I haven't paid for therapy for 15 years now and never intend to again. I benefit just as much from unloading here, it may piss people off to the point of turning over to another channel, metaphorically speaking, but I now look forward to coming home and composing something usually as I write, as I am now. It's only a day since I last posted, but in blogs a day is a long time... I didn't do a lot more than work today (makes a bloody change) but I have finally discovered how to replace the dodgy knob on my front door that had meant it was possible to push it open for weeks unless I used the deadlock. It now clicks shut like a Rolls Royce door, and only cost me £12! I also started fixing the metal windows now the doors and bricks are more or less repainted, and filled all the old putty with new stuff, which is essential to maintain as if the windows rust it'll cost as much as a new house, well more than I want to spend anyway. And my mum told me she did all the same work 45 years ago when we lived over the road in an identical bungalow. That's one advantage not having a top floor as you can reach much of the easy DIY areas you can't on a house and save the money you then spend on the double stretch of guttering compared to on a house, ie you can't win.
I have relayed my 'love history' on the new blog, and looking at it seen how incredibly repetitive my situations have been, and still can't understand how. I have (no names so no readers embarrassed) admirers abroad who are quite unlike the weird and wonderful array of misfits I meet in London, who I believe would still like me in person goes to add to my view it's not something I do that leaves me terminally single. In fact, getting to know people online means by the time you do eventually meet you already know each other so well there are unlikely to be any new faults left to discover. I have no reason to hide my own weaknesses online as we all have them, so what's so clever about pretending you haven't if you have? That's the British way and means people of my age or so don't realise their problems are shared with anyone else, let alone common, so I do my bit to balance this pathetic situation and after pretending I was OK for many years, now try and educate people it's OK to have problems.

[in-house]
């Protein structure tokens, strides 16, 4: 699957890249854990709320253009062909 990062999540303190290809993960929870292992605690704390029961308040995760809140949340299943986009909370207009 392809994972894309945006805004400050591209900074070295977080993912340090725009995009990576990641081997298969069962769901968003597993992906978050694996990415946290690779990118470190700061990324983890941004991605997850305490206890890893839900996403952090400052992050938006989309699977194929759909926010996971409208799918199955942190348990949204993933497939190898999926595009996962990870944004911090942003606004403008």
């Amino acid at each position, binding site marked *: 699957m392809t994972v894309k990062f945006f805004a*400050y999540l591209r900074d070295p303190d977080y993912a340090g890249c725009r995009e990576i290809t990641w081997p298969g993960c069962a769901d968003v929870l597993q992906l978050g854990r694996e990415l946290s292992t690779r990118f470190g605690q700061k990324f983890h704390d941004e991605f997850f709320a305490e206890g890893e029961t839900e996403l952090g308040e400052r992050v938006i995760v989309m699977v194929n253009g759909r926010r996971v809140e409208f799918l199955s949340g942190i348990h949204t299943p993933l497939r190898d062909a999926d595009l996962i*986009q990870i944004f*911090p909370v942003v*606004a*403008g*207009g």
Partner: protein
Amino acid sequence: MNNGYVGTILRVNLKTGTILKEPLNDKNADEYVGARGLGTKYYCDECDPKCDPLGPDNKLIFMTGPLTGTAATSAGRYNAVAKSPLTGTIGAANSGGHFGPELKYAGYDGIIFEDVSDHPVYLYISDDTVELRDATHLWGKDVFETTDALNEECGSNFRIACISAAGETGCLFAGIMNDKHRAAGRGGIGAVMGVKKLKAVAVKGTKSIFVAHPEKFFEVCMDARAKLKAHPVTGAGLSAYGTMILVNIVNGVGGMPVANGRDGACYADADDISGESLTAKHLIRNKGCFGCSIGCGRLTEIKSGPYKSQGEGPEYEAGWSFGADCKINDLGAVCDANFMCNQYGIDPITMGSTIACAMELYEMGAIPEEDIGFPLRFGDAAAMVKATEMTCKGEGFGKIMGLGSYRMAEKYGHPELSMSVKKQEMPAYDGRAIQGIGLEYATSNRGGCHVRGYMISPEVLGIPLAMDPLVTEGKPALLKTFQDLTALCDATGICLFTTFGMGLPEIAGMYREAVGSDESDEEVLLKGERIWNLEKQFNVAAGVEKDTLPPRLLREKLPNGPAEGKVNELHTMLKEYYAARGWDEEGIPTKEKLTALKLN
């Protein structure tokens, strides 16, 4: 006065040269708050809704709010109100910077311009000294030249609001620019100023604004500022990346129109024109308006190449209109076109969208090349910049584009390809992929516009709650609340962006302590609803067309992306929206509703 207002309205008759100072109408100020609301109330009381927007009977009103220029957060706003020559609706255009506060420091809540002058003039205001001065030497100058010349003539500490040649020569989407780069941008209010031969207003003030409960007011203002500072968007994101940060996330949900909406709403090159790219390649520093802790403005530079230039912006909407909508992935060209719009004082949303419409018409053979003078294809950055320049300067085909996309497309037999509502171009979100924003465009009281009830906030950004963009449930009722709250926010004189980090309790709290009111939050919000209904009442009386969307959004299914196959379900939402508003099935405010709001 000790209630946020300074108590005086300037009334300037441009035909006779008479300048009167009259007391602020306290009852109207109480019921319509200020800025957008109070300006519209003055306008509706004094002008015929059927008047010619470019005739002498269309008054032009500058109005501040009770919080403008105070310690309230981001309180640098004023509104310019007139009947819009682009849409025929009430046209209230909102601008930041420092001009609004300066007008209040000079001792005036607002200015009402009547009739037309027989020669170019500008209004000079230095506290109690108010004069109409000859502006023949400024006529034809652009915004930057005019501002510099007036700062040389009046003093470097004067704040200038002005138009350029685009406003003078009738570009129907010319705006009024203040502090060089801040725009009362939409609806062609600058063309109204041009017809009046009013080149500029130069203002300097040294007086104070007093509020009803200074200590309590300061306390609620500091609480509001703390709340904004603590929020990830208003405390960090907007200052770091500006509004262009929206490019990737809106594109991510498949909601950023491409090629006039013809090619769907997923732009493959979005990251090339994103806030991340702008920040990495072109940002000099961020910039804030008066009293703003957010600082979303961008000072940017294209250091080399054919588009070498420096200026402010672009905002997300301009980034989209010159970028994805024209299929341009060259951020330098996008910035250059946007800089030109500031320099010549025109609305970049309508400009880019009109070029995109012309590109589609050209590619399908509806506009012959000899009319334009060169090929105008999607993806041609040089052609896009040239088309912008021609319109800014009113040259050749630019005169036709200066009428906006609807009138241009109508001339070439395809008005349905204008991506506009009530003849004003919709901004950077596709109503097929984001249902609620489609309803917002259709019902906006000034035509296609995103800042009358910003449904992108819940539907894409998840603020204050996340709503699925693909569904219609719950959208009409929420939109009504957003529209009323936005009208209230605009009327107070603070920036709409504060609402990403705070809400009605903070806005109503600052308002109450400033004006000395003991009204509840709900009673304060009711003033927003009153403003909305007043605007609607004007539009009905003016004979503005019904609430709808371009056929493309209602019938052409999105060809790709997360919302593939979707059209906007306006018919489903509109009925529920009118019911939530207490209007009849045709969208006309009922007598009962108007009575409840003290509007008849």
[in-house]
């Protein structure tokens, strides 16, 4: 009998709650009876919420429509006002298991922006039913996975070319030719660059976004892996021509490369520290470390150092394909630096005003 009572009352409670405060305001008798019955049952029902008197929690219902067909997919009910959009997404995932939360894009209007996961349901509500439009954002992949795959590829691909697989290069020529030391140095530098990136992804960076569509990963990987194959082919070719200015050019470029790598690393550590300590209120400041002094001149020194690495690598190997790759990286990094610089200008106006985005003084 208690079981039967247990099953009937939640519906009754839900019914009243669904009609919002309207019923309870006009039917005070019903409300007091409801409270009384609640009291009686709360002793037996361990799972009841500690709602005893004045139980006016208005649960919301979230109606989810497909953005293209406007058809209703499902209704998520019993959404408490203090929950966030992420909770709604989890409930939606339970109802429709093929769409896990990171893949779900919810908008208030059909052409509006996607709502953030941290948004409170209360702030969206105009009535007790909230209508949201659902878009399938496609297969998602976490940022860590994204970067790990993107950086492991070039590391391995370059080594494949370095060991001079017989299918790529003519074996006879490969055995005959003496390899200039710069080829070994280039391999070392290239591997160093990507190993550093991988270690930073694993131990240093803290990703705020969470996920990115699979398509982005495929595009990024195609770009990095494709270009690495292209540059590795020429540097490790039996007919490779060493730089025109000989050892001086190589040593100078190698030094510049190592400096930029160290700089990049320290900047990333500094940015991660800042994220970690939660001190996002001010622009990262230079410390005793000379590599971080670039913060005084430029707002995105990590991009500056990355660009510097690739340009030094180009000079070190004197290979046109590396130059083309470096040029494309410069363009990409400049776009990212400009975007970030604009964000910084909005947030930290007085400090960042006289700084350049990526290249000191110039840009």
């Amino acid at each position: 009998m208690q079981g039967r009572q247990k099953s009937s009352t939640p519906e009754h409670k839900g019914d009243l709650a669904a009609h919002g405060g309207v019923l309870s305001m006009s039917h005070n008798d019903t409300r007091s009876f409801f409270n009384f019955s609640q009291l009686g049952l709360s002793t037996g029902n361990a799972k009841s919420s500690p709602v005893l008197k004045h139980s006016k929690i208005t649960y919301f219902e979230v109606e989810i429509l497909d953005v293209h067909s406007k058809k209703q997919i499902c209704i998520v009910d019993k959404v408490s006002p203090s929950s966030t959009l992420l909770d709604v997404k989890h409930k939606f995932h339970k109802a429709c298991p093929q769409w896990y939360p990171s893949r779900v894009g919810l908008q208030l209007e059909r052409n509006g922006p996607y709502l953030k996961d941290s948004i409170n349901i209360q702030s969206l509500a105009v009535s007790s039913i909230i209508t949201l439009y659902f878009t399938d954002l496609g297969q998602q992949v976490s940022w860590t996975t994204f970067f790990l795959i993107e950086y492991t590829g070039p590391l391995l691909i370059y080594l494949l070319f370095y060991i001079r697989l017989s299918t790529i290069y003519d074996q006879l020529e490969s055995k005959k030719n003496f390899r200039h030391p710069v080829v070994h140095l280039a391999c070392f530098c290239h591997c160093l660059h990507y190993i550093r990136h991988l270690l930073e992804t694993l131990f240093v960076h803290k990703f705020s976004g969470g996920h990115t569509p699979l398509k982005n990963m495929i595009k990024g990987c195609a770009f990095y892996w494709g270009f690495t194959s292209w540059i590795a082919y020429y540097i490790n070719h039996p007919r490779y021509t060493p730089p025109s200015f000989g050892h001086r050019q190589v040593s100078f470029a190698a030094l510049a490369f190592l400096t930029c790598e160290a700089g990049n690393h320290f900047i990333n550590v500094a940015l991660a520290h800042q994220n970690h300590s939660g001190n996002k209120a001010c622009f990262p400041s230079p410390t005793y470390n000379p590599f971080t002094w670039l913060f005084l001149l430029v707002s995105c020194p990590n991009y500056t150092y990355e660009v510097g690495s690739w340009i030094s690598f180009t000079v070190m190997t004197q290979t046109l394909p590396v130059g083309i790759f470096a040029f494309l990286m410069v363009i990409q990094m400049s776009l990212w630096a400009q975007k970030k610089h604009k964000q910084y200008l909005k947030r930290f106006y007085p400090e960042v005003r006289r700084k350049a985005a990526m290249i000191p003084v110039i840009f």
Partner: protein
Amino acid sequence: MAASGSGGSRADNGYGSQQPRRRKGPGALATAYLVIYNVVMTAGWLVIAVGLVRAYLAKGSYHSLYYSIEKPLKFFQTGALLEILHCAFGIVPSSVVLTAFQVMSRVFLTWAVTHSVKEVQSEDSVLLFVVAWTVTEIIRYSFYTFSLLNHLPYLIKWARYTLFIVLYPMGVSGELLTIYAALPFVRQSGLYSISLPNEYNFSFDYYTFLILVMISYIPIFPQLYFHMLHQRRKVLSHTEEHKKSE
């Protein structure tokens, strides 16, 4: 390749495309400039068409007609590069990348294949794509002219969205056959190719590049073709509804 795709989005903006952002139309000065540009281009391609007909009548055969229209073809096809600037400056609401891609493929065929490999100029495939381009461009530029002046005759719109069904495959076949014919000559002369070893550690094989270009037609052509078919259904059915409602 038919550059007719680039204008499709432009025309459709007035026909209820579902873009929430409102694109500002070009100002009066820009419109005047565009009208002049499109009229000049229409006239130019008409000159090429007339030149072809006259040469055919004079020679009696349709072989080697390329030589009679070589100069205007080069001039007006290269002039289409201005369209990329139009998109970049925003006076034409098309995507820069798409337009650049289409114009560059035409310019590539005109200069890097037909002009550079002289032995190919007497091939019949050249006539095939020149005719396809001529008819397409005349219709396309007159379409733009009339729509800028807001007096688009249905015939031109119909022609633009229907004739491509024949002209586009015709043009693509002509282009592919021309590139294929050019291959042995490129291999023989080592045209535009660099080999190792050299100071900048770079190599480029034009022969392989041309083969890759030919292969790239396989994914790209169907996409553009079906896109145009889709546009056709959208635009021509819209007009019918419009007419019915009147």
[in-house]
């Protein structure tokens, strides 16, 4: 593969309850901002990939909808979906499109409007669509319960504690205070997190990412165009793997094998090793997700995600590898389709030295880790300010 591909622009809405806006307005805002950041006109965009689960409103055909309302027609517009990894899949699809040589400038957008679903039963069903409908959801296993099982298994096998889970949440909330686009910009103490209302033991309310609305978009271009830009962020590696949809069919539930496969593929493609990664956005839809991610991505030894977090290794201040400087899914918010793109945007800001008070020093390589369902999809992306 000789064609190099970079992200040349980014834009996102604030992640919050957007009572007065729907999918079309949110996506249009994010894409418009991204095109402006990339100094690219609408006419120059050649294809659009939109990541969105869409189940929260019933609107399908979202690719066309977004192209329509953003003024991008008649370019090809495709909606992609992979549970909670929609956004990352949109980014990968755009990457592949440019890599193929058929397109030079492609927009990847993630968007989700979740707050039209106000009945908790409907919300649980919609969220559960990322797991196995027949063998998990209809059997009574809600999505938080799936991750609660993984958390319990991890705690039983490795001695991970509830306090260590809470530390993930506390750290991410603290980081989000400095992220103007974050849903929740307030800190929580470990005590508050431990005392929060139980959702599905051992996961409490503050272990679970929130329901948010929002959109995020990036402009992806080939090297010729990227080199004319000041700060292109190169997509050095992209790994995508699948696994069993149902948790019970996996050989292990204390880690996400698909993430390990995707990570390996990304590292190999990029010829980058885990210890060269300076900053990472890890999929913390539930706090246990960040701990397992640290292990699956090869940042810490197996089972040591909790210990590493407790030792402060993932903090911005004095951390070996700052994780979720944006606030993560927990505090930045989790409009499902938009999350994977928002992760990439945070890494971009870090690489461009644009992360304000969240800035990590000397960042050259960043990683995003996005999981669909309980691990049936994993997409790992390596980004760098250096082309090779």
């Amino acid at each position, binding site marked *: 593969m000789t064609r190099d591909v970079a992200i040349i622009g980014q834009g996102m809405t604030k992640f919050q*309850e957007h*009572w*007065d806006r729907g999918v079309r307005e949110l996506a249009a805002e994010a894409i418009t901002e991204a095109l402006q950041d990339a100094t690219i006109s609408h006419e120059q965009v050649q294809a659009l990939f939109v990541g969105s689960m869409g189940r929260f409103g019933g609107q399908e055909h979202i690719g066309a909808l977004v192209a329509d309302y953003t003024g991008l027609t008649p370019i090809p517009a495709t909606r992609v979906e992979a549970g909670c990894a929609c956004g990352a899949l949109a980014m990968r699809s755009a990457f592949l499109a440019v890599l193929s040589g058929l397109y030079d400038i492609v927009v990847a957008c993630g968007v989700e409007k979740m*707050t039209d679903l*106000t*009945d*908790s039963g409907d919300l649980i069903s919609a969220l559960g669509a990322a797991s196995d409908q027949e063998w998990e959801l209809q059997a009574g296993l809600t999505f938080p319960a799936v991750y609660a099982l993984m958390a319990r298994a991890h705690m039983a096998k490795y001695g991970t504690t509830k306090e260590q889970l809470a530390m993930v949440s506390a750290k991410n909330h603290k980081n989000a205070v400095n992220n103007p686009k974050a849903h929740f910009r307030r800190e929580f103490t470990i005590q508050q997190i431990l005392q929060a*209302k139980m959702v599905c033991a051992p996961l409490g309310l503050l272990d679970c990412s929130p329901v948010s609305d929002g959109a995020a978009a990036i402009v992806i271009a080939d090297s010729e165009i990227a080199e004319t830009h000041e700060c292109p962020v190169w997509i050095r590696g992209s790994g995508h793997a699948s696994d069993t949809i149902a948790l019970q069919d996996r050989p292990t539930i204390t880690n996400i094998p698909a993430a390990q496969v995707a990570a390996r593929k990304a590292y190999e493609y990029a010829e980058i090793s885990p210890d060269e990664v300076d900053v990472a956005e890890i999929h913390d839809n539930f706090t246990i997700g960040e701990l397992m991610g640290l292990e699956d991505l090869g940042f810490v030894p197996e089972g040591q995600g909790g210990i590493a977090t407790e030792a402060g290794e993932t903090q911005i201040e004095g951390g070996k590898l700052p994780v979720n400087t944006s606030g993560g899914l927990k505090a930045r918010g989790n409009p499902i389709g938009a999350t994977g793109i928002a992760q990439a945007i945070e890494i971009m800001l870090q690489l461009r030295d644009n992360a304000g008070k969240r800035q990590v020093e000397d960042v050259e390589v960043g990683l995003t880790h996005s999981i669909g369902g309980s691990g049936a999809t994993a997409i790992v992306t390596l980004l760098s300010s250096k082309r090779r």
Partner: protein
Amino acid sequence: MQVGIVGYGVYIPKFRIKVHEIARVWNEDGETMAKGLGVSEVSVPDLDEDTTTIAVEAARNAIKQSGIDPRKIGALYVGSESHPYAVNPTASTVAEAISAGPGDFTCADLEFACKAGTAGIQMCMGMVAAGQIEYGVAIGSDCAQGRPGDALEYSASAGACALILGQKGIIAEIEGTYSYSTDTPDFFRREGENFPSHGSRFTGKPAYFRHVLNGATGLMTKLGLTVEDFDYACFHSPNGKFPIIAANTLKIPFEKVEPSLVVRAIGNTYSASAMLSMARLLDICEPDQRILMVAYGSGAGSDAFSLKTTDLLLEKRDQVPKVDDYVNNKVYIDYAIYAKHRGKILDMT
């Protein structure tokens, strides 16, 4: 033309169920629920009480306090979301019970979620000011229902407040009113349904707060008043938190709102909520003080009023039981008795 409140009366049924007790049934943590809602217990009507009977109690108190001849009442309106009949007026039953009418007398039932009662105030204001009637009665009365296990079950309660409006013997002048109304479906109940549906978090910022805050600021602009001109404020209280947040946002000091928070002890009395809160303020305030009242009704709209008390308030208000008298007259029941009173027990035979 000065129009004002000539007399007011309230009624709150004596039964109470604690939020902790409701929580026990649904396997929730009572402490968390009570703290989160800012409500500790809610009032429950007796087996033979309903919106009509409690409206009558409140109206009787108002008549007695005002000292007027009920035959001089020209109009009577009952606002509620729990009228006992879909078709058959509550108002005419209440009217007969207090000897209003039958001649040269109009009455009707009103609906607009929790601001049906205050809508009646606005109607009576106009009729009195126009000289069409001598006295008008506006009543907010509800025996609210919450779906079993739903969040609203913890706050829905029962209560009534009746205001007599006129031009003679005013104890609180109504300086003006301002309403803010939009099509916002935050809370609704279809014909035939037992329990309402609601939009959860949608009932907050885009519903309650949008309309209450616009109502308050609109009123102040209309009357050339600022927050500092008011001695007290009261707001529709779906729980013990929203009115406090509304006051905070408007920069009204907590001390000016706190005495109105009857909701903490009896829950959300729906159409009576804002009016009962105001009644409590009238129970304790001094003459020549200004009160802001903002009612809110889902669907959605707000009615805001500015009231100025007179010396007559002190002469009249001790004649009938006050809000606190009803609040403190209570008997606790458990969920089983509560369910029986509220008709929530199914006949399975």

So, I've done the little jobs I had to do more or less, and painting the windows will follow when there's time, but there's nothing urgent left thank goodness till the next crisis god forbid. Even though it's still September, I almost feel like an annual review as I've had such a shit year besides the media and creative side of it. I have met and pursued three women of varying qualities, with even less success than average as usually at least one will go out with me a few times before saying I'm only a friend. This time one said she would and didn't, one asked me to travel with her, and when I couldn't never offered me anything again. And the third was a bit like Barnet's chances at Manchester Utd coming up, it's possible to win but no one expects it. The result I had was unfortunately the expected one, though she was not only the best but the only one without 'issues', which is almost unheard of in the women I go after. And many things I still had have now gone, most of all being my income, with dodgy health from all the stress of the year's situations. When you're in a legal dispute over your very financial survival, the post provides the equivalent of about three day's work a week. You get a letter, you try and dispute it, needing legal help, compose letters, print and copy them, and then get a reply repeating the previous one. This happened continually for four months and is still going on, and in all that time I haven't earned a thing. For a while I offered my services in various suitable places, but unless you're from a particular field with a consistent work record no one in London will touch you with a barge pole, they'd rather get school leavers or women with kids who don't expect much out of it compared to a man who may actually want more than the minimum wage as he hasn't got a partner to earn the lion's share. This is not my opinion, I emphasise, but most employers looking for part time staff. Men don't get a look in. I worked part time since 1989 simply because I was at college one morning a week and not a place in Britain would let me take the morning off. So I worked probably 25 hours a week altogether over about three different places. Then when I finished college I spent a year and a half applying for full time jobs, being free at last at 31! After I think 150 applications and 3 interviews I ended up working three days a week in my friend's shop. This paid my bills for 5 years and allowed me to work another day or so elsewhere If I could. After that I couldn't imagine full time work again and never got another job save for a few days in another shop I knew which closed from lack of customers after my first week.